'Pay or Play' Delayed Until 2016 for Large Employers With Fewer Than 100 Full-Time Employees
Newly issued final rules provide guidance for large employers who are subject to the shared responsibility ("pay or play") requirements under Health Care Reform. These employers may be liable for a penalty if they do not offer affordable health insurance that provides a minimum level of coverage to full-time employees (and their dependents), and any full-time employee receives a premium tax credit for purchasing individual coverage on the Health Insurance Marketplace (Exchange).
The "pay or play" requirements apply only to employers employing at least a certain number of full-time employees (including full-time equivalent employees or FTEs). Employers will determine each year, based on their current number of employees, whether they will be subject to the requirements for the next year.
Employers with fewer than 50 full-time employees (including FTEs) are not penalized for not providing health coverage to employees.
Employers with 50 to 99 full-time employees (including FTEs) are subject to "pay or play," but the requirements will not apply until 2016 for employers who certify that they meet certain eligibility criteria related to workforce size, maintenance of workforce and aggregate hours of service, and maintenance of previously offered health coverage.
Employers with 100 or more full-time employees (including FTEs) are subject to the requirements for 2015 and must offer coverage to at least 70% of full-time employees (and their dependents, unless transition relief applies) to avoid a penalty for failing to offer health coverage, rather than 95% which will begin in 2016. An employer that offers coverage to at least 70% of full-time employees may nevertheless owe a penalty if any full-time employee receives a premium tax credit.
Determining Full-Time Employees
An employee is considered full-time for a calendar month if he or she averages at least 30 hours of service per week (or 130 hours of service in a calendar month). The final rules provide two methods employers may use to determine whether an employee has sufficient hours of service to be a full-time employee:
One method is the monthly measurement method under which an employer determines each employee's status by counting the employee's hours of service for each month.
The second method is the look-back measurement method under which an employer may determine the status of an employee during a future "stability period," based upon the hours of service of the employee in a prior "measurement period." (This method may be used only for purposes of determining and computing liability, and not for determining whether the employer is subject to the "pay or play" requirements.)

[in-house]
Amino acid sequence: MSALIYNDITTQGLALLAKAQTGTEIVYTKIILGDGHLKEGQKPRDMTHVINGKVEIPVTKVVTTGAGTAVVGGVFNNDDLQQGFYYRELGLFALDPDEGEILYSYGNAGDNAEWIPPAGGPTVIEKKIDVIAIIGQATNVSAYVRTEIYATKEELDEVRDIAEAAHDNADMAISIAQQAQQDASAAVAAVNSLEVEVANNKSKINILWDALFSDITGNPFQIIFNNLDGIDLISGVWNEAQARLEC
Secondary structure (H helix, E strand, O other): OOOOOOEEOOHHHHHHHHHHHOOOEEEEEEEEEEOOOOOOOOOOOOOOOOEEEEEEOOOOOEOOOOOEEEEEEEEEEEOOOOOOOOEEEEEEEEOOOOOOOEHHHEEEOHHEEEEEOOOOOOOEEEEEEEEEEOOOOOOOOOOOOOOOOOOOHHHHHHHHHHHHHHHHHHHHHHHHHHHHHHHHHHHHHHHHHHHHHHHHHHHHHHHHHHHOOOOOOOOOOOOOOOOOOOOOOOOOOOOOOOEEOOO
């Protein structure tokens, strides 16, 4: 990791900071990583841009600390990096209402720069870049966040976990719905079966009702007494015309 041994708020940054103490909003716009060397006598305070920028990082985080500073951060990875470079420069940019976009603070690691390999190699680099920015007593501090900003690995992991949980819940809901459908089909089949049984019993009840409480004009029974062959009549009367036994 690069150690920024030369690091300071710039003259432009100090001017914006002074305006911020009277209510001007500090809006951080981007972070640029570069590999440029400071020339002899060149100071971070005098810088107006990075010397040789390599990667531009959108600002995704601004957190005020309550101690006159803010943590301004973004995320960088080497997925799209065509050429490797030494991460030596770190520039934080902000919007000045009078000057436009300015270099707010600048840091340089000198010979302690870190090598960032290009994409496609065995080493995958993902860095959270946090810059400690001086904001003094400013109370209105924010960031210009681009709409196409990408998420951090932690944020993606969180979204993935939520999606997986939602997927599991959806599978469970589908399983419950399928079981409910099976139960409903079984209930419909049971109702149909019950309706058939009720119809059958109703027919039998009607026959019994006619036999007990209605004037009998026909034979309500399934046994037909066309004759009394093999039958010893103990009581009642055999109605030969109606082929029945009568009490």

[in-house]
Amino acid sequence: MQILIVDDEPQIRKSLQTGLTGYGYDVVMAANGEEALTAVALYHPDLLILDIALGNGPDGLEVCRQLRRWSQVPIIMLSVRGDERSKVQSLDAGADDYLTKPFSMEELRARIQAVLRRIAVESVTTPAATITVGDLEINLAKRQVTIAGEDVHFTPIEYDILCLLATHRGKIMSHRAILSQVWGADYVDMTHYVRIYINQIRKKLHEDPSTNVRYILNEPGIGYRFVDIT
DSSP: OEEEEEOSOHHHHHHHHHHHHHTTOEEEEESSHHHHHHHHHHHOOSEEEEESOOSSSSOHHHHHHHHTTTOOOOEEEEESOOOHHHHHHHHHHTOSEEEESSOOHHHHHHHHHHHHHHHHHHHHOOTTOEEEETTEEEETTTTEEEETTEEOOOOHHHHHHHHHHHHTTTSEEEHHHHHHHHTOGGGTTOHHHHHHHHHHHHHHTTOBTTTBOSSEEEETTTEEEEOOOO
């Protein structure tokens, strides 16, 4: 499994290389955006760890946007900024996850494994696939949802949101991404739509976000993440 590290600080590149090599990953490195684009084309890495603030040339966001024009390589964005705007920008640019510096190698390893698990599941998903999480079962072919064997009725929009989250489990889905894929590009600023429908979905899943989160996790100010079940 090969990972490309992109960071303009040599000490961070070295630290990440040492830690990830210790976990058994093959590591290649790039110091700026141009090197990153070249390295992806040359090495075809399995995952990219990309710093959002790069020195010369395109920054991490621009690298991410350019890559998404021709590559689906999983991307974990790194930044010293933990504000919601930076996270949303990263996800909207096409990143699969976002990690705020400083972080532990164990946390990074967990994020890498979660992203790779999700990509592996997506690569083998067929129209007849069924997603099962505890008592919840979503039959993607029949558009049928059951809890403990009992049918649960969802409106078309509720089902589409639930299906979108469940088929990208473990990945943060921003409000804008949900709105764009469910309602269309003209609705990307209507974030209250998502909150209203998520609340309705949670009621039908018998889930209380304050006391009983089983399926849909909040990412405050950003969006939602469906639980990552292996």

The final rules describe approaches that can be used for various circumstances, such as for employees who work variable hour schedules, seasonal employees, and employees of educational organizations.
Other Key Highlights
The final rules also extend to 2015 a package of limited transition rules that applied to 2014 under the proposed regulations, including:
Employers First Subject to Requirements: Employers can determine whether they had at least 100 full-time or full-time equivalent employees in the previous year by reference to a period of at least six consecutive months, instead of a full year.
Non-Calendar Year Plans: Employers with plan years that do not start on January 1 will be able to begin compliance at the start of their plan years in 2015 rather than on January 1, 2015, and the conditions for this relief are expanded to include more plan sponsors.
Dependent Coverage: The policy that employers offer coverage to their full-time employees' dependents will generally not apply in 2015 to employers that are taking steps to arrange for such coverage to begin in 2016.
Look-Back Measurement Method: On a one-time basis, in 2014 preparing for 2015, plans may use a measurement period of six months even with respect to a stability period of up to 12 months.
For more information on the "pay or play" requirements, you may review the Questions and Answers made available by the Internal Revenue Service.